### Maybe this time …

For many years, I tried keeping up with the LQG literature. Though it provided occasional fodder for blogging, it mostly was an exercise in frustration. Years ago, I gave up the effort. Still, occasionally, an LQG paper crosses my radar screen with claims interesting enough to cause me to suspend my better judgement.

One such paper, by Gomes et al, purports to be a significant breakthrough in the understanding of AdS/CFT. They claim to reproduce the conformal anomaly of a boundary CFT from some Loopy formulation (“Shape Dynamics”) of the bulk theory, thereby shedding light on the 1998 computation of Henningson and Skenderis who first reproduced the conformal anomaly from AdS/CFT (a more careful and thorough derivation can be found in a followup paper).

How could I resist?

The central object of study is the trace of the 1-point function of the stress tensor on a curved background^{1}

Naïvely, this vanishes in a CFT. In fact, when the spacetime dimension, $d$, is odd, it does vanish. But for $d$ even, there is an anomaly

where^{2}

The trace anomaly coefficients ($c$ in $d=2$, $(a,c)$ in $d=4$) are constants which characterize, in part, the conformal field theory.

Note two obvious features

- $T(x)d\text{Vol}_g$ is invariant under
*constant*rescalings of $g$. As a consequence, the dependence of the effective action, $W[g]$, on the overall volume of $M$ is logarithmic, where the coefficient of the logarithm is proportional to the trace anomaly coefficient(s). - The group of Weyl transformations has a subgroup which preserves the overall volume of $M$ (the authors call these VPCTs). These act nontrivially, and integrating up that action yields a nontrivial dependence of $W[g]$ on the conformal factor (in $d=2$, this is the famous Liouville action).

Unfortunately, the authors got this *backwards*.

- They demanded
*invariance*of $W[g]$ under VPCTs. This lead them to postulate**Axiom 5’**of their paper, which states (in the notation of (1)) that $T(x)$ is a position-independent*constant*, for any choice of $g$. While that’s true for $d$ odd (where $T(x)=0$), it’s manifestly*untrue*for $d$ even (where it’s given by (2)). - Conversely, they were labouring under the mistaken impression that $W[g]$ has some complicated dependence on the overall volume of $M$, which can — for large volume — be expanded in an asymptotic expansion. And it is this latter dependence that they proceed to compute from their loopy considerations.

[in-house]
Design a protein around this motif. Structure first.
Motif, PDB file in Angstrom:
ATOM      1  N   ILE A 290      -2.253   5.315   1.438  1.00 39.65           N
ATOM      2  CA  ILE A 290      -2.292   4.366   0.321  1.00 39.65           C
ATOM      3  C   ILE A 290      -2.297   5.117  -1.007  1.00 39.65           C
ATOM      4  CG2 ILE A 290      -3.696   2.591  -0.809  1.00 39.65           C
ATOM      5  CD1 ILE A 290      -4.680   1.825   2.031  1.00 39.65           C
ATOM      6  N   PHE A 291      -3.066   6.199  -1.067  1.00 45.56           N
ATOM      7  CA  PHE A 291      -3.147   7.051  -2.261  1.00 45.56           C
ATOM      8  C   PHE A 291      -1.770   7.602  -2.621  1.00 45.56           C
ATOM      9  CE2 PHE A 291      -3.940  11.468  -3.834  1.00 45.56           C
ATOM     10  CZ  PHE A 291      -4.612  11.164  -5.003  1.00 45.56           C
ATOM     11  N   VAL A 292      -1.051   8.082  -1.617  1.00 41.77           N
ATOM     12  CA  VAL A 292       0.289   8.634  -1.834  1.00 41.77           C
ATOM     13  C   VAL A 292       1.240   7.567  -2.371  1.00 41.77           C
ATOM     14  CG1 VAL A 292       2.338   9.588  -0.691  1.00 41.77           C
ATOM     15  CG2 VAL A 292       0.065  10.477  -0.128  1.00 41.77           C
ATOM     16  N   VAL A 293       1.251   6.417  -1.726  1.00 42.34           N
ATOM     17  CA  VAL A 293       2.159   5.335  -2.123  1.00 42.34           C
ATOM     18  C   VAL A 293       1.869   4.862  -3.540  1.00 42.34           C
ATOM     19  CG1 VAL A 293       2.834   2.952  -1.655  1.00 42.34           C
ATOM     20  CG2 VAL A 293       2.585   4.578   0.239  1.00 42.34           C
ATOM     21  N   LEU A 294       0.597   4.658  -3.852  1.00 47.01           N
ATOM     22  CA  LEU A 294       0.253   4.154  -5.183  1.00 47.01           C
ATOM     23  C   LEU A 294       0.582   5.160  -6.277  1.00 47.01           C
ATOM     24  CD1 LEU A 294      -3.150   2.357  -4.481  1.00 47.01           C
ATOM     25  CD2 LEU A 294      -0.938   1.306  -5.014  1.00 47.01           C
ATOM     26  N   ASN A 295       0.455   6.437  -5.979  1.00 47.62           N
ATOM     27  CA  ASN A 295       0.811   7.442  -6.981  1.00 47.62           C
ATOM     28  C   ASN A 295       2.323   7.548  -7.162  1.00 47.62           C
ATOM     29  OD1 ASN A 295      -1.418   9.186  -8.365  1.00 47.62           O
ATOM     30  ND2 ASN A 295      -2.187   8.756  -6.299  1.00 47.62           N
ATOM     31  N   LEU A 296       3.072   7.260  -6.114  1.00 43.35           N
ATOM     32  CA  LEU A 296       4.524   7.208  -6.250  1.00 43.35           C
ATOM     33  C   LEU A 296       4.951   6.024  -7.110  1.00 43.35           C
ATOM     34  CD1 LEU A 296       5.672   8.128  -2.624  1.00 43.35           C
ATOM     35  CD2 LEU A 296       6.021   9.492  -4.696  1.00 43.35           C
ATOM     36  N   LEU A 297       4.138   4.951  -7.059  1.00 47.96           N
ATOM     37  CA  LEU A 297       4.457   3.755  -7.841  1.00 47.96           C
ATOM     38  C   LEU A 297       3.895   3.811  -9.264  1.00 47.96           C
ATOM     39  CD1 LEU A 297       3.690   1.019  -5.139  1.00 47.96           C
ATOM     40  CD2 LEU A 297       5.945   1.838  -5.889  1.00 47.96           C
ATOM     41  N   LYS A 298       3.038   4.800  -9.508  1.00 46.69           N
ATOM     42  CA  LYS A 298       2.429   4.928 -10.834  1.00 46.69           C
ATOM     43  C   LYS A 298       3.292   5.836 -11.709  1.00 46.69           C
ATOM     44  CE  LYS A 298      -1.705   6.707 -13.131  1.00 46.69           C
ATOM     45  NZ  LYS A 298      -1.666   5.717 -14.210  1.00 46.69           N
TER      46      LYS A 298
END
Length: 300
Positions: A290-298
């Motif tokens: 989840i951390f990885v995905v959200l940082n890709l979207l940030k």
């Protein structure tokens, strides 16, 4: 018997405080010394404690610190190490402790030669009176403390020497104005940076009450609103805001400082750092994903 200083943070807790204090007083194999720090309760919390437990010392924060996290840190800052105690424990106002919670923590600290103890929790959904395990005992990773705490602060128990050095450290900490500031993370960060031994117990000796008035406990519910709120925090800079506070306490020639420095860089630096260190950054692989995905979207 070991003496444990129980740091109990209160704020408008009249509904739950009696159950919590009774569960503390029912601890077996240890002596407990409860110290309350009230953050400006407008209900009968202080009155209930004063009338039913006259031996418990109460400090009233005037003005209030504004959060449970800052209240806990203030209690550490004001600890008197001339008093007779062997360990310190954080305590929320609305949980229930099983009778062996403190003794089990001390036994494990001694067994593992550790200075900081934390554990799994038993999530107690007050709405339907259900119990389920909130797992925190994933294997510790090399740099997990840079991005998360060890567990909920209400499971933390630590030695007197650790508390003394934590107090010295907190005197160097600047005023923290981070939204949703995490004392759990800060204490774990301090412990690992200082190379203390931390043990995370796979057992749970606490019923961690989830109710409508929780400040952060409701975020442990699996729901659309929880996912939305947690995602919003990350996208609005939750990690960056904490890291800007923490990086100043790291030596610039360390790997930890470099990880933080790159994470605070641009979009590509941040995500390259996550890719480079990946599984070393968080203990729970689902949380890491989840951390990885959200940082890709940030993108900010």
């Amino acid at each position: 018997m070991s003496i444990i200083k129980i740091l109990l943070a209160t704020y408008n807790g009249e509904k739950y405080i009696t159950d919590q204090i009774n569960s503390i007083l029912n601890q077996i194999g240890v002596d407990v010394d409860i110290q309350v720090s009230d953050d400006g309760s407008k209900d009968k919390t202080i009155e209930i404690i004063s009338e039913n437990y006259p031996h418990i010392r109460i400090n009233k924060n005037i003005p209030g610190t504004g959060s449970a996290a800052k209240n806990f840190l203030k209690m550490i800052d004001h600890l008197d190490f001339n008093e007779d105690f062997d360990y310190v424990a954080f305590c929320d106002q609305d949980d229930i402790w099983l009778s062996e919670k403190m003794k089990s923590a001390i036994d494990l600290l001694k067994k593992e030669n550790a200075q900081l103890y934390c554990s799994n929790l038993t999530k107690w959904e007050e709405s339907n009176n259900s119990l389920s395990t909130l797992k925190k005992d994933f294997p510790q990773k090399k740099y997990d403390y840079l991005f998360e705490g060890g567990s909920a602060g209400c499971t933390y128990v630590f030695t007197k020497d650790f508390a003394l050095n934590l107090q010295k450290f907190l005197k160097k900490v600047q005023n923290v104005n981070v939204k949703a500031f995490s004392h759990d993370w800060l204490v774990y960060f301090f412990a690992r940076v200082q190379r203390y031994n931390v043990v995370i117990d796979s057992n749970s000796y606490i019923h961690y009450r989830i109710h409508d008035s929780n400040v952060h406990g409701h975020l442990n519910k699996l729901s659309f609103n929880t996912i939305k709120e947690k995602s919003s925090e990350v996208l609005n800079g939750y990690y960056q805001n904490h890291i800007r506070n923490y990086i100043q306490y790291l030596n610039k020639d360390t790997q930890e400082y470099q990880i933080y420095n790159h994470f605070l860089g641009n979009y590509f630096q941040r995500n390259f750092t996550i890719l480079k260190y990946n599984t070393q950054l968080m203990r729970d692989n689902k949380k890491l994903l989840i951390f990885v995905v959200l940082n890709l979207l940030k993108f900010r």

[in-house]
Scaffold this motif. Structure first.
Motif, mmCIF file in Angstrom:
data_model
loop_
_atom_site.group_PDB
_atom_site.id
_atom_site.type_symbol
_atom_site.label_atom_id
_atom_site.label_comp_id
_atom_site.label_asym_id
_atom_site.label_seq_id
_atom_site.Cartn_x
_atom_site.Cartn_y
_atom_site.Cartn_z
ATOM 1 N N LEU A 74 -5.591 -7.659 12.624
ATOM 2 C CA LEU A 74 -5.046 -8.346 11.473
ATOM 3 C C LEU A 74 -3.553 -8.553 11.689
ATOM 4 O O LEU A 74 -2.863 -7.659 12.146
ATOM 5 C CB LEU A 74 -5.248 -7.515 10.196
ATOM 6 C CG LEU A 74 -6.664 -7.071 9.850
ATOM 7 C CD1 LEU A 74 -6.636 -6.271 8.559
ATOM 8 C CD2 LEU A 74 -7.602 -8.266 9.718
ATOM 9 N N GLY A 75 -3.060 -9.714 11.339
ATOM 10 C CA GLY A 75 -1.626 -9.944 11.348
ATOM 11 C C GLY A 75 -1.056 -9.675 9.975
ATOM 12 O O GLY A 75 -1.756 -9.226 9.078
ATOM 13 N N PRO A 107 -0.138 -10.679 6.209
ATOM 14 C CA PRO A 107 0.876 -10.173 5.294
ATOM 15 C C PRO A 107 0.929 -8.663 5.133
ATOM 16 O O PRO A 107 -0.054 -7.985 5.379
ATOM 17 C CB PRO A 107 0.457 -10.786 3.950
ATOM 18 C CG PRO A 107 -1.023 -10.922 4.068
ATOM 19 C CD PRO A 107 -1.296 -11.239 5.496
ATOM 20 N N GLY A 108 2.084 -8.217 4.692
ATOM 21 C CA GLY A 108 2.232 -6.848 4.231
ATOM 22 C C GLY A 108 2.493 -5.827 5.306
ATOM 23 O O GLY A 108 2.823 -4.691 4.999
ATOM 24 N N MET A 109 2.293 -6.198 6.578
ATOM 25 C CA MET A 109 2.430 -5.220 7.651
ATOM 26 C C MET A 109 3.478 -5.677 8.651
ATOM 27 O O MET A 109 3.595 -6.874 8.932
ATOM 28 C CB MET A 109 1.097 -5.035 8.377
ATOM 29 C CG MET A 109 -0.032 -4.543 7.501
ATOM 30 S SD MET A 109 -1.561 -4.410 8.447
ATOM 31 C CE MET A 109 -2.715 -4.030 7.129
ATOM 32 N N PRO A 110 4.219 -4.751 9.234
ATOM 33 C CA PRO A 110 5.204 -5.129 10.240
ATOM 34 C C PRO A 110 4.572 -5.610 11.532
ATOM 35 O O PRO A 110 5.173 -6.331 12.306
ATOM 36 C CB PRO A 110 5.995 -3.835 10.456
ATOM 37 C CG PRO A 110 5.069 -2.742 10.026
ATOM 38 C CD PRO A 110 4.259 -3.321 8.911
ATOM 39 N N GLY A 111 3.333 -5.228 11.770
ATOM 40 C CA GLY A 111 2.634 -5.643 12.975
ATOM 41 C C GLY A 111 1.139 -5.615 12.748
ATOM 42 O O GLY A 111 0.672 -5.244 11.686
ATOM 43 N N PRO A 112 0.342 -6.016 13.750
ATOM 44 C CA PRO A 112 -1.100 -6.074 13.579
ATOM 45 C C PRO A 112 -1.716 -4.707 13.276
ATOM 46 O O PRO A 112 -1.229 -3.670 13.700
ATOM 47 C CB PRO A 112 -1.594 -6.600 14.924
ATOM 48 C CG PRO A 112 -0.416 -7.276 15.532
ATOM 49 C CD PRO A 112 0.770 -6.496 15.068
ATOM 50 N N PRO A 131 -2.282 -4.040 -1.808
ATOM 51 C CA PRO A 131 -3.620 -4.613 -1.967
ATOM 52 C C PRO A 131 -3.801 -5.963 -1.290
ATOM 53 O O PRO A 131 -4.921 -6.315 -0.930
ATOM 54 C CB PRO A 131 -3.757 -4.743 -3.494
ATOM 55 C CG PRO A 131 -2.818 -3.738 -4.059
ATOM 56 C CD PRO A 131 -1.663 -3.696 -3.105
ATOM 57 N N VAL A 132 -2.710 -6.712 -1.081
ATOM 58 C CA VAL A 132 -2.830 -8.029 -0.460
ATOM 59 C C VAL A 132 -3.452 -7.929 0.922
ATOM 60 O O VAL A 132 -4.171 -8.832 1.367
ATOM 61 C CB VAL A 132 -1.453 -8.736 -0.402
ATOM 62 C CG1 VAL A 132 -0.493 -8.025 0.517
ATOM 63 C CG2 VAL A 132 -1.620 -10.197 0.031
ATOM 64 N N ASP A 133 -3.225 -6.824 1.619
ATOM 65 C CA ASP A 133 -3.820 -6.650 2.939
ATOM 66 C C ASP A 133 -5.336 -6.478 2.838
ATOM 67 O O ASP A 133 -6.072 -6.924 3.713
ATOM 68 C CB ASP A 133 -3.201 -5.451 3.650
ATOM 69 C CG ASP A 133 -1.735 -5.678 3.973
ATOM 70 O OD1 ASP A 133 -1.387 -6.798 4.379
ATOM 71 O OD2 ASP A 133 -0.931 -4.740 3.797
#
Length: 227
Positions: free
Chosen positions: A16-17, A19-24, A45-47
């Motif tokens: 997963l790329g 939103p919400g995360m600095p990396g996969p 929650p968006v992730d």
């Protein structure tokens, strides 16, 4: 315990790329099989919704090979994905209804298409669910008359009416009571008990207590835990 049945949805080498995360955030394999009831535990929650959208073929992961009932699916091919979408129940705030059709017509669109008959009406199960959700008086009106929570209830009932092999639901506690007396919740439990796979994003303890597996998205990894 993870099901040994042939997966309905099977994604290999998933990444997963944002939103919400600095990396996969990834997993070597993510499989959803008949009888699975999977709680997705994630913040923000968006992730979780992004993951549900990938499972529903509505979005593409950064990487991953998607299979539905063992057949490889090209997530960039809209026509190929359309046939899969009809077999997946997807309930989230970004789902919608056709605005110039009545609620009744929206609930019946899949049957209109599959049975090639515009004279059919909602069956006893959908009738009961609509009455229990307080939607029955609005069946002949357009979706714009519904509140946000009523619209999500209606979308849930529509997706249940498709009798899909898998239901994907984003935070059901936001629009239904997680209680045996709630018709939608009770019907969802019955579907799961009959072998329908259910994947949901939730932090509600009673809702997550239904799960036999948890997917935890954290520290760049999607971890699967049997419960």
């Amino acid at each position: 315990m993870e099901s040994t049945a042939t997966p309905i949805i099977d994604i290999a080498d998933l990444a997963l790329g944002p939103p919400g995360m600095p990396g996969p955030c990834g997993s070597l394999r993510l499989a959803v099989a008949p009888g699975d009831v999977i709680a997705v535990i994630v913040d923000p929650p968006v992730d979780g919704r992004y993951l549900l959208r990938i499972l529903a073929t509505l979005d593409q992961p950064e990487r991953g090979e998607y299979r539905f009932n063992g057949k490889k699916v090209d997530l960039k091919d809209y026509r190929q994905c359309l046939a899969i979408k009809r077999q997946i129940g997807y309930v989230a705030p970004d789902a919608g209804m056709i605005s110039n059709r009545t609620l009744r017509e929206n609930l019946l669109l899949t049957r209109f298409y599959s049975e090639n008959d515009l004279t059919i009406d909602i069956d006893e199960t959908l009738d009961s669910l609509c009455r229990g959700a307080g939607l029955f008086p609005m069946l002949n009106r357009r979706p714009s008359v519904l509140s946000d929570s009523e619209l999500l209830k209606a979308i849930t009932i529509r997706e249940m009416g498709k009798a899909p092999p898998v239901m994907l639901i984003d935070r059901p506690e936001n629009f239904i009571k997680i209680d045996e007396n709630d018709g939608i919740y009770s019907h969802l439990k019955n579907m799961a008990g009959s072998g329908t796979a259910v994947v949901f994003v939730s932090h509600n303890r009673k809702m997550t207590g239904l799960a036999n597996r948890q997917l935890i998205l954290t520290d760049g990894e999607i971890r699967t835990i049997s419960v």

In other words, their ‘significant breakthrough’ was to get the entire story *precisely backwards.*

*Aughh!*

After picking myself up off the field, and brushing off the dirt, I emailed the authors. After a lengthier-than-necessary back-and-forth, they finally agreed that there was an issue, but *assured me* that they knew how to resolve it. Weeks passed. Eventually, they sent me a revised version. In it, they withdrew the central claim, namely that they could reproduce the correct expression for (1) from some loopy bulk computation. Instead, they admitted that their loopy prescription computes a quantity entirely *unrelated* to the stress tensor of the boundary theory but claimed (*incorrectly*) that, in the large volume limit, both quantities vanish — so they’re morally the same.

An even lengthier discussion ensued, which slowly devolved into a tutorial on the most *elementary* aspects of AdS/CFT. They had no clue, for instance, how the metric $g$, of the boundary theory, is supposed to be related to the metric $G$, of the bulk theory (the most *basic* part of the AdS/CFT correspondence). Rather than picking up any of the well-written introductions to AdS/CFT, they apparently had simply decided to *guess* how the correspondence is supposed to work.

It seems to me that, if you

*Guess*what the AdS/CFT dictionary is supposed to be.- Use your guess to compute the first obvious observable (the trace anomaly of the boundary theory).
- Obtain the wrong answer for that observable.

you might wish to re-examine your guess, instead of writing a paper claiming it to be a great conceptual breakthrough.

But that’s the kind of naïveté that keeps getting me (and Charlie Brown) in trouble.

^{1} For definiteness, we work in Euclidean signature, with a closed Riemannian $d$-manifold, $M$.

^{2} The Euler densities are normalized so that $\chi(M) = \int_M {(\text{Euler})}_{d} d\text{Vol}_g$

## Re: Maybe this time …

Very good analysis.